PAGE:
Of the many verbal battles I've waged, perhaps I was most wrong, and most comprehensively defeated, on the subject of jersey sponsorship. I simply could not believe Americans would tolerate corporate logos on their jerseys. To make a long story short, American soccer fans have so far proven remarkably adaptable. MLS fans cheerfully, literally unthinkingly, wear shirts where their beloved club logo is dwarfed by Herbalife, or Xango, or Amway. And - this is the interesting thing - no one calls them on it.
Thus another milestone proving soccer's growing acceptance in America - mainstream soccerphobes don't bring up the corporate whoring of association football. Probably because that battle has been lost on a lot of other fronts.
Take, for example, the Super Bowl. Until very very recently, the Super Bowl was the model for MLS. The Super Bowl is about football like "Lord of the Flies" was about flies. People openly watch for the commercials. NFL fans would quickly accept sponsor names on jerseys - everything else has already been sold, after all. So why hasn't it happened?
Soccer is the only major sport apart from auto racing with no breaks in the action. Unless we count the Tour de France as major. But that said, just look at the amount of ads on stock cars and bicycle shirts. (And networks still cut away to commercials during races. I tend to apologize to God when I go a day or two without thanking Him for not making me a NASCAR fan.)
You could make a case that the NFL holds the line on jersey ads to preserve the league's integrity. If you don't die laughing first. Even then, these days the uniforms themselves are the ads. The Dallas Cowboys, for example, would lose uncountable amounts of brand recognition if they replaced the star on their helmet with, say, the Herbalife leaf.
And nobody actually buys or wears helmets. That space has already been sold - to advertise the team. (Yes, even the Cleveland Browns. Being above posing is also a pose.)
But what about the jerseys? Turns out putting ads on NFL jerseys would actually devalue the revenue from the game-time commercials. Why buy valuable television time when your ad is going to be front and center all game? Worse still, team sponsorship is just that - team-based. The NFL likes to centralize revenue, to put it mildly.
Which is why, out of the myriad ways the World Cup is ruthlessly commercialized, jersey sponsorships are not allowed. FIFA, like the NFL, is strictly enforcing its commercial space - and if corporations were allowed to make deals with individual national associations to simply stick their name on a jersey, what price "official beer of the Qatar World Cup"?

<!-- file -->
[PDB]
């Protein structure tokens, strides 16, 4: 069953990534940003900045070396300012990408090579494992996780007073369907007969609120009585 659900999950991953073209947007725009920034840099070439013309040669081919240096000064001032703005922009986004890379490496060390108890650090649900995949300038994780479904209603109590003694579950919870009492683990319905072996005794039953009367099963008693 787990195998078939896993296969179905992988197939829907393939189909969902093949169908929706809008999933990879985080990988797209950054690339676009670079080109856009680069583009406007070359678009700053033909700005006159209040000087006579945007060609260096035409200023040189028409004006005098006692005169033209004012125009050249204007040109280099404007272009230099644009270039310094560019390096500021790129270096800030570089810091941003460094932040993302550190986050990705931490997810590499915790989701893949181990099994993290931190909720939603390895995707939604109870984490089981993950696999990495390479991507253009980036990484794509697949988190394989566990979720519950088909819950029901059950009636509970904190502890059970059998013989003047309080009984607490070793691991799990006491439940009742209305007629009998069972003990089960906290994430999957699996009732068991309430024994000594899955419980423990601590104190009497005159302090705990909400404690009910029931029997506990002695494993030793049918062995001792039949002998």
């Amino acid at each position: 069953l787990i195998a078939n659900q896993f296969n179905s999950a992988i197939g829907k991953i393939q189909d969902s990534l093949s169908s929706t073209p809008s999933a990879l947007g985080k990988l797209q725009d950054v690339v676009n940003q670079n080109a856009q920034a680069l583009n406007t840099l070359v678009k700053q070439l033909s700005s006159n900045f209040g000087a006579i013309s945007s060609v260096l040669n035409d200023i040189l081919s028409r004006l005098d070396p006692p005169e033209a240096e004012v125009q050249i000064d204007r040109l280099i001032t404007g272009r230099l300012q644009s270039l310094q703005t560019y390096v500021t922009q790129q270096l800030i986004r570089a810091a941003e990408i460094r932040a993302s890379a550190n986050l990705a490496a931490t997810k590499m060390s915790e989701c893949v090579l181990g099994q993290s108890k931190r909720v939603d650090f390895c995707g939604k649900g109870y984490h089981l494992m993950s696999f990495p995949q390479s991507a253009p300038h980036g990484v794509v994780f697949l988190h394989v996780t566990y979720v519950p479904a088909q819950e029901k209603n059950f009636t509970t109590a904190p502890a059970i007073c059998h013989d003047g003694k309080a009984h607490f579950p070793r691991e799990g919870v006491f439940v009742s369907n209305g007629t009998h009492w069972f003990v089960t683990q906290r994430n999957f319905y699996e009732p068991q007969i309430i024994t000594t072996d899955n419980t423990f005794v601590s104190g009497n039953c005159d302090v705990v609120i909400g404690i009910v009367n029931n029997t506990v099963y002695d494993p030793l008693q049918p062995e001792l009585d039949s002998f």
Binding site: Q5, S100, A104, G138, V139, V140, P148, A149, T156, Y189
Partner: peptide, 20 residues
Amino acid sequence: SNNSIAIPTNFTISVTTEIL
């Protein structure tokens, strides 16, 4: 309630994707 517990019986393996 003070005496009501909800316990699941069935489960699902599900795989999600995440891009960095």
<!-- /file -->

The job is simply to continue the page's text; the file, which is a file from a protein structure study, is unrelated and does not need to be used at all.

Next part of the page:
So what is our future? Will we or future American soccer fans be finally reduced to completely passive consumers? Will the league achieve its long-dreamt goal of being yet another marketing funnel?
Well, no fate but what we make, as one of Governor Schwarzenegger's co-workers said. The higher-seed MLS Cup is a hugely symbolic step in the right direction of making sure passionate fans are part of the championship...or a tacit admission that there aren't enough passive MLS fans yet able to sell out a neutral site. Either way, if it's successful, hometown fans will give MLS Cup a tradition distinct from the Super Bowl. (Or someone will decide to make MLS Cup home and home, or best of three. If basketball, baseball and hockey can have a bunch of championship games, why not soccer?)
I can't speak for the Chicago experience, but (perhaps because the Galaxy's sponsor is arguably the worst in the league) I certainly don't look down on teams that leave their shirts virginal. But from what I've read, Mitchum's observations speak for the majority - any sponsor is better than no sponsor. Mitchum - who rightfully calls advertising on jerseys a "fungus" - closes his article with a quote from Section 8's Tweed Thornton:
The older a team is, the more stable is becomes. If a team can have a classy look and make the big bucks, I could see them shedding the jersey sponsor.
I wish he was right, but those teams in the Premier League are pretty old and stable, and they grub for sponsors like crazy. I loved Aston Villa for wearing the name of a children's hospice, but they couldn't do it forever. As far as I know, there isn't even the hint of a movement to rid jerseys of advertising in Europe, especially now that Barcelona went from the high horse straight into the sewer. In theory the FA or the Premier League could try to pass a rule - assuming that, totally unlike the NFL, the Premier League is stronger than the teams that comprise it - but, as with player salary rules, the clubs would simply use the excuse that they need sponsorship to compete in Europe. The real reason would be, why would they want to forgo money, or share it with hated rivals? A similar line of thought will prevent UEFA from banning shirt sponsors in the Champions League, the occasional alcohol-sponsored teams going blank in France notwithstanding.
And as long as Europe wears ads, the rest of the world will too. MLS would never have been able to pioneer commercial jerseys without vastly more popular and powerful clubs clearing the path. Now that ads are not only on the front of the jerseys, but seen as necessary, we're pretty much stuck with them.
I wish sometimes MLS could at least follow Aston Villa's lead, and put on the names of some of their non-controversial charitable sponsors front and center. Like the Boy Scouts, or Susan G. Komen.
....on second thought, maybe Amway isn't so bad.